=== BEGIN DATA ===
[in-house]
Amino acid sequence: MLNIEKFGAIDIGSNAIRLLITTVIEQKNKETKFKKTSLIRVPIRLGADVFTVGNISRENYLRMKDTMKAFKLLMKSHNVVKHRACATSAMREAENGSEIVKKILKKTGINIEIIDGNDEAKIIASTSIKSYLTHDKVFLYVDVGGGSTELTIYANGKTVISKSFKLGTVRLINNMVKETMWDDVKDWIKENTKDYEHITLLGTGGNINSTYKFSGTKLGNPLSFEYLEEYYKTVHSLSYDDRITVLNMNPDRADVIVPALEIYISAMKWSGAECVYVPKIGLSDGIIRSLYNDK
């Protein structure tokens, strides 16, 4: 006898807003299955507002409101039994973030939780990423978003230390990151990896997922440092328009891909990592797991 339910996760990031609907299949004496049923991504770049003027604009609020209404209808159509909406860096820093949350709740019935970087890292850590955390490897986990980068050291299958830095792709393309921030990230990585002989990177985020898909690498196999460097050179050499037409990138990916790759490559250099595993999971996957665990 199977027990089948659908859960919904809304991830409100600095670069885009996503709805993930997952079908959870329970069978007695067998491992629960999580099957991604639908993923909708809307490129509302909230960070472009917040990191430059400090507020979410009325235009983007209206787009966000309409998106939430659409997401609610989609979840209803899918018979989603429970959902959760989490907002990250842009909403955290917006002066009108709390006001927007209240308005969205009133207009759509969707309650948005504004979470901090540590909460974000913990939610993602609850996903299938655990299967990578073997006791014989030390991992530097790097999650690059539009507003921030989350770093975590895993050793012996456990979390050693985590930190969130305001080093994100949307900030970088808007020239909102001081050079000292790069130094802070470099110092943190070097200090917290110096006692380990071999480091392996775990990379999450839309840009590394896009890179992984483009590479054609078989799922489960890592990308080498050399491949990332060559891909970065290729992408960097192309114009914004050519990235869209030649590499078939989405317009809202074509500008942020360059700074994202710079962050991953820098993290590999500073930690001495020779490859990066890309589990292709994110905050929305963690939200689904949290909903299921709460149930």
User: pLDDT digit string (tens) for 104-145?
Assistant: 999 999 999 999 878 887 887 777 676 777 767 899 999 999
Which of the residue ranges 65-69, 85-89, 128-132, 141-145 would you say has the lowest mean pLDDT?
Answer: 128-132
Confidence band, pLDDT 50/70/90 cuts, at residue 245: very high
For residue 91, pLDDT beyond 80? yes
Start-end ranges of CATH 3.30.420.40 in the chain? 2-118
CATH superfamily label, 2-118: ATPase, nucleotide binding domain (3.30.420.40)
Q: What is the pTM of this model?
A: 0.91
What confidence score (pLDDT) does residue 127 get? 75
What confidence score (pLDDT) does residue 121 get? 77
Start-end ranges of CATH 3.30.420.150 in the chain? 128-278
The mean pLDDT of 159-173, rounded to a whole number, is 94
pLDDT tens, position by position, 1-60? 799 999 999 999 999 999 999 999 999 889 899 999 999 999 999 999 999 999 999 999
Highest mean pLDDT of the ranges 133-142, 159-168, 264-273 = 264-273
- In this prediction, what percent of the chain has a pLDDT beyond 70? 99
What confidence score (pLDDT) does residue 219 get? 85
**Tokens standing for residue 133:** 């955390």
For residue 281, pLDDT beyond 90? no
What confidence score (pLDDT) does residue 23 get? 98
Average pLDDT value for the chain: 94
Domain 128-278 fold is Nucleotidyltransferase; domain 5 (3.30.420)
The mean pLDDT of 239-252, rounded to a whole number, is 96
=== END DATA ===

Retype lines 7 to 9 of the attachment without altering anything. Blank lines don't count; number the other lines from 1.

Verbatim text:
Answer: 128-132
Confidence band, pLDDT 50/70/90 cuts, at residue 245: very high
For residue 91, pLDDT beyond 80? yes